Last week, I received the awesome privilege of being able to watch Lawrence of Arabia on the big screen at a local theater. And yes, it makes a difference. You can actually see the grains of sand blowing around the Nefud desert. You feel the sun burning down as Lawrence rides through the scorching Devil's Anvil. And more than once, you see those blue penetrating eyes staring straight into your heart and know how a skinny, white British soldier inspired the Arab people to almost free themselves once and for all from imperialism.
If you haven't seen Lawrence of Arabia , it is an experience worth having. True, at 216 minutes, it is longer than your average film. But unlike some films of this length, the viewer stays involved. In fact, at the end of this film, I am always wanting more. It seems impossible that a people group could get so close to their goal only to turn back. And I want to see Lawrence and Sherif Ali continue their strange, endearing fellowship past what this film shows. And unlike some biopics, we don't see some long drawn out story about how painful Lawrence's childhood was or follow him past his prime to see him sighing over lost opportunities. The ending is abrupt with no sense of conclusion. The whole thing seems like a big buildup to failure, but no one ever said the man Lawrence of Arabia could be put into a nice, neat box.
At the beginning, T.E. Lawrence is stationed in Cairo in the maps room. He is portrayed as messy, reckless, and somewhat masochistic. He enjoys letting a match burn down to his fingers and "not minding that it hurts." He is called to the general's quarters by Mr. Dryden, of the Arab Bureau, for his knowledge of the Bedouin people. They want to send him to look for the Bedouin people and Prince Feisal . His mission is to assess the situation. That's a somewhat nebulous task, but Lawrence is enthralled. He gets to come out of his hidey hole in the maps room, out into the desert, and away from those stodgy British military folks. Lawrence has an obvious obsession with the Arabian culture and the desert. As we watch him riding his camel, he looks around him like a gleeful kid with his first slingshot.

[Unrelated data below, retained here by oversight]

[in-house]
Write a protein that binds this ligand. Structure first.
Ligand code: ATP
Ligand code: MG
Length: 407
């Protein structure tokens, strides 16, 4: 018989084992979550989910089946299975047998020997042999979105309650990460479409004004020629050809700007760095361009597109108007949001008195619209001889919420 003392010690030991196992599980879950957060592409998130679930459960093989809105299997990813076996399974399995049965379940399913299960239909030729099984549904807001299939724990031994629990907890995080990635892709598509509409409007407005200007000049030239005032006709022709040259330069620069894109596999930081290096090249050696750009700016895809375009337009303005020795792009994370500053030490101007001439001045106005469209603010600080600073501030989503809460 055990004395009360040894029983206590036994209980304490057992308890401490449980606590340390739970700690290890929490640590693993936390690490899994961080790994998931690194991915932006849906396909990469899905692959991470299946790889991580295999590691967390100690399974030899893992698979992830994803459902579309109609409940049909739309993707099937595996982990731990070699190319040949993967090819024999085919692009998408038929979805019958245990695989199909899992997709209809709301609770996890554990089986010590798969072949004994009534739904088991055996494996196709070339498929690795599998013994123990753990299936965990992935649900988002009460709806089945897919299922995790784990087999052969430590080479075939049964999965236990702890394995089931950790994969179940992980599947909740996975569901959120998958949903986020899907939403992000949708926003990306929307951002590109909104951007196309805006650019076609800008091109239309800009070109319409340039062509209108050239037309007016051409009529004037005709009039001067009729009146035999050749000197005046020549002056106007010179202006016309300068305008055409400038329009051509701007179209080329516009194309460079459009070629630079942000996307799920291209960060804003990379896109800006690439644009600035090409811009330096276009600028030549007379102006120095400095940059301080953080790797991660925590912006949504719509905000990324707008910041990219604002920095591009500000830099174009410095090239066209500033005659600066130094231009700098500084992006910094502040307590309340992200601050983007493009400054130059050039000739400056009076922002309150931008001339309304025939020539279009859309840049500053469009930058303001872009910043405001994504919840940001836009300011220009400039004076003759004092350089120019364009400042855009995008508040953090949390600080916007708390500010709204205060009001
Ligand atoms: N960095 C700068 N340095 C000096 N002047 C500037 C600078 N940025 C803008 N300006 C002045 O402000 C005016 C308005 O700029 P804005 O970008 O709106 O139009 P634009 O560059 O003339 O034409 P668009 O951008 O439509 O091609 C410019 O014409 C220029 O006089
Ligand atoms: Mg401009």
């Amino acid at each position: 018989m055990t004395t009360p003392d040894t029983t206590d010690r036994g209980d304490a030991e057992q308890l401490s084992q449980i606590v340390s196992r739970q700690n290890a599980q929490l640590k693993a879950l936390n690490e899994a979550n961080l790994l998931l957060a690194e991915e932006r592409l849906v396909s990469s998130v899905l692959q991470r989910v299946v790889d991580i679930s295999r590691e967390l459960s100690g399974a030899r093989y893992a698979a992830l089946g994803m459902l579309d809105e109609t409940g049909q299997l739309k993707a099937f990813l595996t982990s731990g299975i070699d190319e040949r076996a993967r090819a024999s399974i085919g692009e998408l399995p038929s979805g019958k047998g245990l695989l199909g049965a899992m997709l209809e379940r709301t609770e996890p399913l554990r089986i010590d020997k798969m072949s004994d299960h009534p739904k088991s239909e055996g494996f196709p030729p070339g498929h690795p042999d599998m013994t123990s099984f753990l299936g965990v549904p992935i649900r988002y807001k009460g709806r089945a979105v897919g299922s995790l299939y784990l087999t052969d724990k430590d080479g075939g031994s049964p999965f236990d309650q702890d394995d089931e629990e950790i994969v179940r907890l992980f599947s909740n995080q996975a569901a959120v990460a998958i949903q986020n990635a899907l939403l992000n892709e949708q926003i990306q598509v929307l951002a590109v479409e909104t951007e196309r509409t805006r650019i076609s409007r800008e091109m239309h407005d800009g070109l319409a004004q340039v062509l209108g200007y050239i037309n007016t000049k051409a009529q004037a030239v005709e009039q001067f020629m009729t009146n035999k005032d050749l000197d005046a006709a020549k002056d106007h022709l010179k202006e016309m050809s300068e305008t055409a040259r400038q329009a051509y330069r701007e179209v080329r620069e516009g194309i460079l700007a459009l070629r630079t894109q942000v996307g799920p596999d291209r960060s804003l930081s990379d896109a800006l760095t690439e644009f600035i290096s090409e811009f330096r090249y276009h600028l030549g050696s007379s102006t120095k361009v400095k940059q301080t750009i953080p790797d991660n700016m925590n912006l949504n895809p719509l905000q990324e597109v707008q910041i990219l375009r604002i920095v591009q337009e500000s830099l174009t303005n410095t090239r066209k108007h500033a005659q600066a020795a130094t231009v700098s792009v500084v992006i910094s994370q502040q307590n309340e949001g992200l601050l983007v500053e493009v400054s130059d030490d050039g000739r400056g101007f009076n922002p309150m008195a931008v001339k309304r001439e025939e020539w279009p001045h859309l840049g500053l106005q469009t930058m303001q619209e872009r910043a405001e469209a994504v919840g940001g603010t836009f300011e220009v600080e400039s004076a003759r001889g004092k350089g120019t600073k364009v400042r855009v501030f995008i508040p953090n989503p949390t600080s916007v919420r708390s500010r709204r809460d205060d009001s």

Lawrence's initial encounters with the Arabs are mixed. He gets along well with his guide only to see the man get killed the next day by another Arab merely for drinking from a well. Lawrence sees this as somewhat barbaric, but we can see his eyes sparkle when it happens. This is a physical tell. He has been raised to be a civilized British conservative, but his heart longs for the feuding and bloodthirst of the eastern world.
Lawrence finds Prince Feisal and his people in the midst of a Turkish air strike. He is invited into the tent of meeting and speaks out of turn. Feisal wants to hear what he has to say. Lawrence seems to desperately want to please this man and to "out-Arab" the Arabs. What is his motivation? Does he truly love the Arab culture so much? Does he wish to glorify himself as the one who could make it work? Is he just suicidal? Is he out to prove an agenda? Director David Lean (genius) makes the wise choice to leave this open. He never attempts to "explain Lawrence." This is why people are still obsessed with this movie 40 years later. Lawrence is a mystery.
Lawrence breaks with his orders by deciding to do more than assess. He decides to help the Arabs take Damascus and will stop at nothing to make this goal a reality. Not ridicule, not the impassable desert, and especially not "what is written" will keep this white boy from dreaming the impossible dream. He dares to hope, to dream and creates a believer out of Sharif Ali and the rest of the Bedouin peoples.
The film contains moments of grandeur, such as the battle scenes and the train raids. It also includes quiet moments around the fire, like when Sherif Ali tells Lawrence he can choose his own name. This movie is a symphony, which has dynamics of highs and lows. This is a lost art in the film world today. Above all, there is the desert, which is more than the setting of the movie, it is a living thing which invites Lawrence into its danger and secrets. The desert is the seductress which pulls Lawrence into his long arduous path from conquering hero to possible madman to a man resigned to "failure." The desert brings out the very best in Lawrence, and the very worst.
The dialogue is precise and memorable. The music is gorgeous. The acting is superb. The only problem with this film is that I will never be able to understand who Lawrence truly was. That is the maddening genius of this film. I am going to make a bold statement here. I believe this is as close to being a perfect movie as one can get.